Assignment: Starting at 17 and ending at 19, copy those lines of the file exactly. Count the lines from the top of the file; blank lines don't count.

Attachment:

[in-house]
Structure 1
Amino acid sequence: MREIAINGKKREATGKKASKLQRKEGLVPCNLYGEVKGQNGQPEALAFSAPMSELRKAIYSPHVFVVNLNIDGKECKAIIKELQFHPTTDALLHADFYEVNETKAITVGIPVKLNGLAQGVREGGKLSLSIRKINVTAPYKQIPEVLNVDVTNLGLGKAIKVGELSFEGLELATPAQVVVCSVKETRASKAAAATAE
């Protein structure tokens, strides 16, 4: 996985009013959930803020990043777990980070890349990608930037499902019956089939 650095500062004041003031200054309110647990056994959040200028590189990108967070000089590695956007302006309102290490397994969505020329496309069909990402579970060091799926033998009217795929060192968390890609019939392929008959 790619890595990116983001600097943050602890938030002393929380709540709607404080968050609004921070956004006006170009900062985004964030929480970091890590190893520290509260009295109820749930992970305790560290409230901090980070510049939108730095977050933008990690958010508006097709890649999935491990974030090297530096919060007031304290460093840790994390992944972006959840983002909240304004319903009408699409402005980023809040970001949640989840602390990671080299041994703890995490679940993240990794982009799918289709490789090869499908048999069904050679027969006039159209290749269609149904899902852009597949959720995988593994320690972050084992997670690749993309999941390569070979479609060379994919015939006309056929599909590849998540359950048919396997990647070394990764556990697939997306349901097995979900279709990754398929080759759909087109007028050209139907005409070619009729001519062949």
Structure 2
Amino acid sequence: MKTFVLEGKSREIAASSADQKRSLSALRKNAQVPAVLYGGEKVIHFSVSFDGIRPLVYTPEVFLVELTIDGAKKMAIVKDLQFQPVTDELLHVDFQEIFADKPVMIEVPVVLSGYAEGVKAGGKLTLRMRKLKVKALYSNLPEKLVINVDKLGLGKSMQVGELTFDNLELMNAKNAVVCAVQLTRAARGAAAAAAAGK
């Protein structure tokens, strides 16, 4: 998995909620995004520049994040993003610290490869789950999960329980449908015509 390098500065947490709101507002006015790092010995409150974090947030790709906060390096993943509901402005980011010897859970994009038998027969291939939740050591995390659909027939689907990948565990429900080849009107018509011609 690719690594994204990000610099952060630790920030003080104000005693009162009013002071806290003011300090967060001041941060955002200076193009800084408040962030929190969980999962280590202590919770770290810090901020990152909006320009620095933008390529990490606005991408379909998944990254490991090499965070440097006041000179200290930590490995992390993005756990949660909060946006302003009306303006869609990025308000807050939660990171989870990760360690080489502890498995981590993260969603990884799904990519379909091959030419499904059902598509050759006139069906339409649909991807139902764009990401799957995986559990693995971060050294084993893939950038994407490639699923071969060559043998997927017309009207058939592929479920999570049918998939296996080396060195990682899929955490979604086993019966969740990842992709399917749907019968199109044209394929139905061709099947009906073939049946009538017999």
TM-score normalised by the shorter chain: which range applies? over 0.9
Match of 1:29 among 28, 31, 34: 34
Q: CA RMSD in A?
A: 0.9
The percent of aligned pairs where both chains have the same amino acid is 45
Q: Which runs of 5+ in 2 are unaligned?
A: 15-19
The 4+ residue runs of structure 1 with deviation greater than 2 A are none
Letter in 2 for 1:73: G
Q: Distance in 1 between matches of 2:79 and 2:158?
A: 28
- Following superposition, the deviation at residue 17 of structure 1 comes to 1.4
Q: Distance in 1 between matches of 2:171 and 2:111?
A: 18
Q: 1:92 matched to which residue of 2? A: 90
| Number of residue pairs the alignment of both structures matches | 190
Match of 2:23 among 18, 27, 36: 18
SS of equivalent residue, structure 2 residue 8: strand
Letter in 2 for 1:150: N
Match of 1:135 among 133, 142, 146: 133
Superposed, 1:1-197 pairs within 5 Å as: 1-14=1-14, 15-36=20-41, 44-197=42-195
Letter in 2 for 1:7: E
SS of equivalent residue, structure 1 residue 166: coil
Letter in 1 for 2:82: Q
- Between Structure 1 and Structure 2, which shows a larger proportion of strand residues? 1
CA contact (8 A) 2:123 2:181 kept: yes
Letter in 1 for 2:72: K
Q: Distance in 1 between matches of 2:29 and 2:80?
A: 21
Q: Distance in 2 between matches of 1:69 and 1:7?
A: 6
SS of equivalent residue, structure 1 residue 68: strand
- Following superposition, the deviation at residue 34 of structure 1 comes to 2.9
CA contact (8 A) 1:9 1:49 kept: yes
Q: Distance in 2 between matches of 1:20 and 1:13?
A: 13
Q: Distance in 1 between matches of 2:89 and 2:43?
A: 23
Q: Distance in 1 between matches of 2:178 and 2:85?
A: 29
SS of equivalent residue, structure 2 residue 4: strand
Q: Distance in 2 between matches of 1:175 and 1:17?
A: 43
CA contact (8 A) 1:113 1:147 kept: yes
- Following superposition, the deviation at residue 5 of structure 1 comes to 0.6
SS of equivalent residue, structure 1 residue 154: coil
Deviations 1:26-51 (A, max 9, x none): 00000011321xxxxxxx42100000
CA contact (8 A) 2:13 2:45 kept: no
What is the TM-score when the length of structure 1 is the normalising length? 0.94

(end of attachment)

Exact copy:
Q: Distance in 1 between matches of 2:79 and 2:158?
A: 28
- Following superposition, the deviation at residue 17 of structure 1 comes to 1.4